When a funny looking mole “suddenly” appears on your skin, it may be something more than a blemish.
According to the American Cancer Society, that irregular shaped blemish may actually be a condition called “dysplastic nevus syndrome” or “familial atypical multiple mole-melanoma syndrome,” which makes you more likely to develop melanoma.
Statistics show that about 3 million people are diagnosed with skin cancer, the most common form of cancer, each year. Of those diagnosed with skin cancer, more than 76,000 will be diagnosed with melanoma.
If left untreated, melanoma can spread to other parts of the body. If the cells reach vital organs and grow, the American Cancer Society says they are hard to treat and less likely to be cured.
Melanoma is a cancer that starts in melanocytes, which are the cells that make the skin coloring called melanin and protect the deeper layers of the skin from the harmful effects of the sun. Melanoma cancer cells can still make melanin, and the American Cancer Society says this is why these cancers may have mixed shades of tan, brown, blue or black.

Who is at risk?
Everyone is at some risk for melanoma, however, the risk factor increases for those with greater sun exposure, those who have a number of moles on the skin, and for those who have a family history of melanoma.
Sun Exposure: According to research from the Skin Cancer Foundation, both UVA and UVB rays are dangerous to the skin, and can induce skin cancer, including melanoma. Blistering sunburns in early childhood especially increase risk, but sunburns later in life and cumulative exposure also may be factors.
Avoid using a tanning booth or tanning bed, since it increases your exposure to UV rays, raising your risk of developing melanoma and other skin cancers.
Skin Type: People with fairer skin (who often have lighter hair and eye color as well) are at increased risk.
Family History: Heredity plays a major role in melanoma, according to the Skin Cancer Foundation. About one in every 10 patients diagnosed with the disease has a family member with a history of melanoma.
If your mother, father, siblings or children have had a melanoma, you are in a melanoma-prone family. Each person with a first-degree relative diagnosed with melanoma has a 50 percent greater chance of developing the disease.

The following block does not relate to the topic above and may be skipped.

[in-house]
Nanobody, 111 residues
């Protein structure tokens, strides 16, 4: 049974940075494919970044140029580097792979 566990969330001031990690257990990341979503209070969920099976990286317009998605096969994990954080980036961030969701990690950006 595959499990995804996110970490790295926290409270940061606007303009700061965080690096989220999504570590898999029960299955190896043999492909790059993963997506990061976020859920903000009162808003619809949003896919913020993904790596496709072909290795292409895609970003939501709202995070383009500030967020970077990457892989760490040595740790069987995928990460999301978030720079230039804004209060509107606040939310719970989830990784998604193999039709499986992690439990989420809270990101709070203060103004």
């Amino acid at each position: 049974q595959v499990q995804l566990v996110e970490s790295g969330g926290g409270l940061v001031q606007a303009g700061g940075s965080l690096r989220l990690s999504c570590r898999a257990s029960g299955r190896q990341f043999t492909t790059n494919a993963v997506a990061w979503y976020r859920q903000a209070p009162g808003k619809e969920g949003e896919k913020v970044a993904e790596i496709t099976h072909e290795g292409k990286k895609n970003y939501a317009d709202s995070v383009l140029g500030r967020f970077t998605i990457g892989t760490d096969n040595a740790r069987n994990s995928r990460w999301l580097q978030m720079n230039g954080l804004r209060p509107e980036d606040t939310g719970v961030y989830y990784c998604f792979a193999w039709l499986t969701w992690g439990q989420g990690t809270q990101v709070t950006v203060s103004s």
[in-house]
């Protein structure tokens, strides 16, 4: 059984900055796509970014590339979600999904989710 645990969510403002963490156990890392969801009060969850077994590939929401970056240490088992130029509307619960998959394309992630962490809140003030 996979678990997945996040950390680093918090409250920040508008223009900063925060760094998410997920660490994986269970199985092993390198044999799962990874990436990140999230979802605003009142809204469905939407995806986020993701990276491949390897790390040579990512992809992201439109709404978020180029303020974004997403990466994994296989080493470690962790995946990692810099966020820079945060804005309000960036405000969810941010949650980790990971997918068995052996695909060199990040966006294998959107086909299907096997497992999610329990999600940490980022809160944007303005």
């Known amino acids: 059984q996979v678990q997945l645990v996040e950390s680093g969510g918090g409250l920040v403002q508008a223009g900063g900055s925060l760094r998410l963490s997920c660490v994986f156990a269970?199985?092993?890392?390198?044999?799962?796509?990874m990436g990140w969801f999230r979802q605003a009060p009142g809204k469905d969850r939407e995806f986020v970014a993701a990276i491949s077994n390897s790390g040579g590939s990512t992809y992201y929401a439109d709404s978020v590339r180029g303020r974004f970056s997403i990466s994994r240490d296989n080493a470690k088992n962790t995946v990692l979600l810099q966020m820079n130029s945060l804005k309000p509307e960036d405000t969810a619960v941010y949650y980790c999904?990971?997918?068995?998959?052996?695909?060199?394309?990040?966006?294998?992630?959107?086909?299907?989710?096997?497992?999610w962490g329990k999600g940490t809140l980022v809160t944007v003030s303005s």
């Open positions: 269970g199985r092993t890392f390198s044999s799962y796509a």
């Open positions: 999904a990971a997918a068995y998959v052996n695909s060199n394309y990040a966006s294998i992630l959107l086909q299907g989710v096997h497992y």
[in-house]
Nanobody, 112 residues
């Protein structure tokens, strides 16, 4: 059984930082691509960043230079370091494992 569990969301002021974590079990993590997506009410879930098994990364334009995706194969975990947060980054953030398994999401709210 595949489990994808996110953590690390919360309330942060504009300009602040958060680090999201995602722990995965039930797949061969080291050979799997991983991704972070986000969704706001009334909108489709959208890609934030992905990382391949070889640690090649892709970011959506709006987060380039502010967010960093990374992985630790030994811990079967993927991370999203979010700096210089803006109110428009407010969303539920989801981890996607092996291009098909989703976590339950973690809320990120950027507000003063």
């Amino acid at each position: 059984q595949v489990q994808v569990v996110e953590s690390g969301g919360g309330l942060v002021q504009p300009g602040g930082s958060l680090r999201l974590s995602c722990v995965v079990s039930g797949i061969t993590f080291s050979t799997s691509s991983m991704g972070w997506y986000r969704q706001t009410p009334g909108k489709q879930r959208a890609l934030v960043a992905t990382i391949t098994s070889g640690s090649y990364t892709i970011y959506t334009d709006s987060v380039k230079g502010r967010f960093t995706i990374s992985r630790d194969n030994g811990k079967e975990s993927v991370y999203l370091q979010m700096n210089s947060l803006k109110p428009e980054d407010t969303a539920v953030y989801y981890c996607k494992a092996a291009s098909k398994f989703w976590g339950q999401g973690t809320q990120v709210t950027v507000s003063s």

The best protection against melanoma, according to the American Cancer Society and the Skin Cancer Foundation, is to use limit exposure to the sun.  For those who can not avoid exposure, the organizations recommend using sun screen, SPF 15 or higher, and covering exposed skin. A wide-brimmed hat and UV-protected sunglasses are also recommended.
Children should never be allowed to get a sun burn.
The Skin Cancer Foundation recommends that skin not only be protected in the summer months from harmful UV rays, but year round.
The organization also recommends that you examine your skin from head-to-toe at lease once a month, looking for suspicious lesions.

Know the ABDCEs of Melanoma
Moles, brown spots and growths on the skin are usually harmless – but not always. Anyone who has more than 100 moles is at greater risk for melanoma. The first signs can appear in one or more atypical moles. That’s why it’s so important to get to know your skin very well and to recognize any changes in the moles on your body. Look for the ABCDE signs of melanoma, and if you see one or more, make an appointment with a physician immediately.

Asymmetry: If you draw a line through the middle of a mole and the two sides match, it is symmetrical. If you draw a line through a mole, the two halves do not match, it is asymmetrical, a warning sign for melanoma.

Boarder: A benign mole has smooth, even borders, unlike melanomas. The borders of an early melanoma tend to be uneven. The edges may be scalloped or notched.

Color: Most benign moles are all one color – often a single shade of brown. Having a variety of colors is another warning signal. A number of different shades of brown, tan or black could appear. A melanoma may also become red, white or blue.

Diameter: Benign moles usually have a smaller diameter than malignant ones. Melanomas usually are larger in diameter than the eraser on pencil tip (¼ inch or 6mm), but they may sometimes be smaller when first detected.

Evolving: Common, benign moles look the same over time. Be on the alert when a mole starts to evolve or change in any way. When a mole is evolving, see a doctor. Any change – in size, shape, color, elevation, or another trait, or any new symptom such as bleeding, itching or crusting – points to danger.


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